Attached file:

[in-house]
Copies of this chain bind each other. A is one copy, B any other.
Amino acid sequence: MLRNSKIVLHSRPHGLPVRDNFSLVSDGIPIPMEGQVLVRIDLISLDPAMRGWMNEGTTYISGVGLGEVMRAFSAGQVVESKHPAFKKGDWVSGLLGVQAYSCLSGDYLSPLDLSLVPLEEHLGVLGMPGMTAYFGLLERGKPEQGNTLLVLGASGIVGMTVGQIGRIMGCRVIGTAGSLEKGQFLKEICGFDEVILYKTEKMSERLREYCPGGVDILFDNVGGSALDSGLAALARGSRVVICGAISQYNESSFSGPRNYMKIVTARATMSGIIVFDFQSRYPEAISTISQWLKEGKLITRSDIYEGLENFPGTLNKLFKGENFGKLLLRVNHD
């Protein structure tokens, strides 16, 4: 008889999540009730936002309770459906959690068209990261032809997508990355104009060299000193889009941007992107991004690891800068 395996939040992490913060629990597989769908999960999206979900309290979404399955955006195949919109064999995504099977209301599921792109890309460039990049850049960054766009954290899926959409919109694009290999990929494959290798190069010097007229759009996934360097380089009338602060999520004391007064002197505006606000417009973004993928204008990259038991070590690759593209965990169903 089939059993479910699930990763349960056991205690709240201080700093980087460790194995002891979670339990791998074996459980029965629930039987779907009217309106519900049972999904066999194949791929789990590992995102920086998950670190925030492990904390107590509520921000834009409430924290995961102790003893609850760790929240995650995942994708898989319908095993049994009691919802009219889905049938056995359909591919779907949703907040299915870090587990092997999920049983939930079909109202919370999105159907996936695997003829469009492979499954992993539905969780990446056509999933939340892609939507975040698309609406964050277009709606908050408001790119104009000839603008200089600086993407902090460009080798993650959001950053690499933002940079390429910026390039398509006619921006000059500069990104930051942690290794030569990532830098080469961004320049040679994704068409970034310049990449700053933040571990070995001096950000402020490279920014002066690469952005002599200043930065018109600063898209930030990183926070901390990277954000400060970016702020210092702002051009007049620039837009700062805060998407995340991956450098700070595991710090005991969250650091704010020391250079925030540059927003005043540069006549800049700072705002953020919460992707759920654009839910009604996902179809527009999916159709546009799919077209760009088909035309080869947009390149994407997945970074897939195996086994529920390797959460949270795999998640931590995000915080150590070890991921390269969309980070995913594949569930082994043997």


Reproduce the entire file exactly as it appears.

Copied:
[in-house]
Copies of this chain bind each other. A is one copy, B any other.
Amino acid sequence: MLRNSKIVLHSRPHGLPVRDNFSLVSDGIPIPMEGQVLVRIDLISLDPAMRGWMNEGTTYISGVGLGEVMRAFSAGQVVESKHPAFKKGDWVSGLLGVQAYSCLSGDYLSPLDLSLVPLEEHLGVLGMPGMTAYFGLLERGKPEQGNTLLVLGASGIVGMTVGQIGRIMGCRVIGTAGSLEKGQFLKEICGFDEVILYKTEKMSERLREYCPGGVDILFDNVGGSALDSGLAALARGSRVVICGAISQYNESSFSGPRNYMKIVTARATMSGIIVFDFQSRYPEAISTISQWLKEGKLITRSDIYEGLENFPGTLNKLFKGENFGKLLLRVNHD
């Protein structure tokens, strides 16, 4: 008889999540009730936002309770459906959690068209990261032809997508990355104009060299000193889009941007992107991004690891800068 395996939040992490913060629990597989769908999960999206979900309290979404399955955006195949919109064999995504099977209301599921792109890309460039990049850049960054766009954290899926959409919109694009290999990929494959290798190069010097007229759009996934360097380089009338602060999520004391007064002197505006606000417009973004993928204008990259038991070590690759593209965990169903 089939059993479910699930990763349960056991205690709240201080700093980087460790194995002891979670339990791998074996459980029965629930039987779907009217309106519900049972999904066999194949791929789990590992995102920086998950670190925030492990904390107590509520921000834009409430924290995961102790003893609850760790929240995650995942994708898989319908095993049994009691919802009219889905049938056995359909591919779907949703907040299915870090587990092997999920049983939930079909109202919370999105159907996936695997003829469009492979499954992993539905969780990446056509999933939340892609939507975040698309609406964050277009709606908050408001790119104009000839603008200089600086993407902090460009080798993650959001950053690499933002940079390429910026390039398509006619921006000059500069990104930051942690290794030569990532830098080469961004320049040679994704068409970034310049990449700053933040571990070995001096950000402020490279920014002066690469952005002599200043930065018109600063898209930030990183926070901390990277954000400060970016702020210092702002051009007049620039837009700062805060998407995340991956450098700070595991710090005991969250650091704010020391250079925030540059927003005043540069006549800049700072705002953020919460992707759920654009839910009604996902179809527009999916159709546009799919077209760009088909035309080869947009390149994407997945970074897939195996086994529920390797959460949270795999998640931590995000915080150590070890991921390269969309980070995913594949569930082994043997």